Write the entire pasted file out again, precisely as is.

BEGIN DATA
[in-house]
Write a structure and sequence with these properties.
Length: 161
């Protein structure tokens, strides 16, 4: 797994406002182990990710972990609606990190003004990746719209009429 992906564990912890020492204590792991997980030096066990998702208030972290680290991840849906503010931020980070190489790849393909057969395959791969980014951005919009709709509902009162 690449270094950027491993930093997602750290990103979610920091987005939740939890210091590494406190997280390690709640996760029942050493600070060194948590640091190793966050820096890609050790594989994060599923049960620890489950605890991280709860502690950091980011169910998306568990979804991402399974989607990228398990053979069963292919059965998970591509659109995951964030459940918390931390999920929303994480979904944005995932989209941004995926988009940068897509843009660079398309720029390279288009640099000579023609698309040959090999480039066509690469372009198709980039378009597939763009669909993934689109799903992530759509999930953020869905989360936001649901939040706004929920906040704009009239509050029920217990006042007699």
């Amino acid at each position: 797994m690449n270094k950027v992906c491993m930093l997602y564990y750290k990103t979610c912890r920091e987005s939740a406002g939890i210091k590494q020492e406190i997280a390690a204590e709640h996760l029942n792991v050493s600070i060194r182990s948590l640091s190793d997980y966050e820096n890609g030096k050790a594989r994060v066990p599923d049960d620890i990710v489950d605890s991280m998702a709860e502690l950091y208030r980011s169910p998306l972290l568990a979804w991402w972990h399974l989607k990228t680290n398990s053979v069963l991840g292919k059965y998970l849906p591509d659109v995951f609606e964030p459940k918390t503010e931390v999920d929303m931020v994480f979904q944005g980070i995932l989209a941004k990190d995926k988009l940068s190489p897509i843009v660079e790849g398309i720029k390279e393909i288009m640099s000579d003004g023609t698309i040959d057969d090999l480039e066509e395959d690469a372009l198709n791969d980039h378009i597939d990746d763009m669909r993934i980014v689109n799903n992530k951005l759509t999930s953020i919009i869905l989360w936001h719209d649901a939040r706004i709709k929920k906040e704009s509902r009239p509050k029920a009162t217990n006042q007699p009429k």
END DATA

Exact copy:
[in-house]
Write a structure and sequence with these properties.
Length: 161
């Protein structure tokens, strides 16, 4: 797994406002182990990710972990609606990190003004990746719209009429 992906564990912890020492204590792991997980030096066990998702208030972290680290991840849906503010931020980070190489790849393909057969395959791969980014951005919009709709509902009162 690449270094950027491993930093997602750290990103979610920091987005939740939890210091590494406190997280390690709640996760029942050493600070060194948590640091190793966050820096890609050790594989994060599923049960620890489950605890991280709860502690950091980011169910998306568990979804991402399974989607990228398990053979069963292919059965998970591509659109995951964030459940918390931390999920929303994480979904944005995932989209941004995926988009940068897509843009660079398309720029390279288009640099000579023609698309040959090999480039066509690469372009198709980039378009597939763009669909993934689109799903992530759509999930953020869905989360936001649901939040706004929920906040704009009239509050029920217990006042007699």
């Amino acid at each position: 797994m690449n270094k950027v992906c491993m930093l997602y564990y750290k990103t979610c912890r920091e987005s939740a406002g939890i210091k590494q020492e406190i997280a390690a204590e709640h996760l029942n792991v050493s600070i060194r182990s948590l640091s190793d997980y966050e820096n890609g030096k050790a594989r994060v066990p599923d049960d620890i990710v489950d605890s991280m998702a709860e502690l950091y208030r980011s169910p998306l972290l568990a979804w991402w972990h399974l989607k990228t680290n398990s053979v069963l991840g292919k059965y998970l849906p591509d659109v995951f609606e964030p459940k918390t503010e931390v999920d929303m931020v994480f979904q944005g980070i995932l989209a941004k990190d995926k988009l940068s190489p897509i843009v660079e790849g398309i720029k390279e393909i288009m640099s000579d003004g023609t698309i040959d057969d090999l480039e066509e395959d690469a372009l198709n791969d980039h378009i597939d990746d763009m669909r993934i980014v689109n799903n992530k951005l759509t999930s953020i919009i869905l989360w936001h719209d649901a939040r706004i709709k929920k906040e704009s509902r009239p509050k029920a009162t217990n006042q007699p009429k």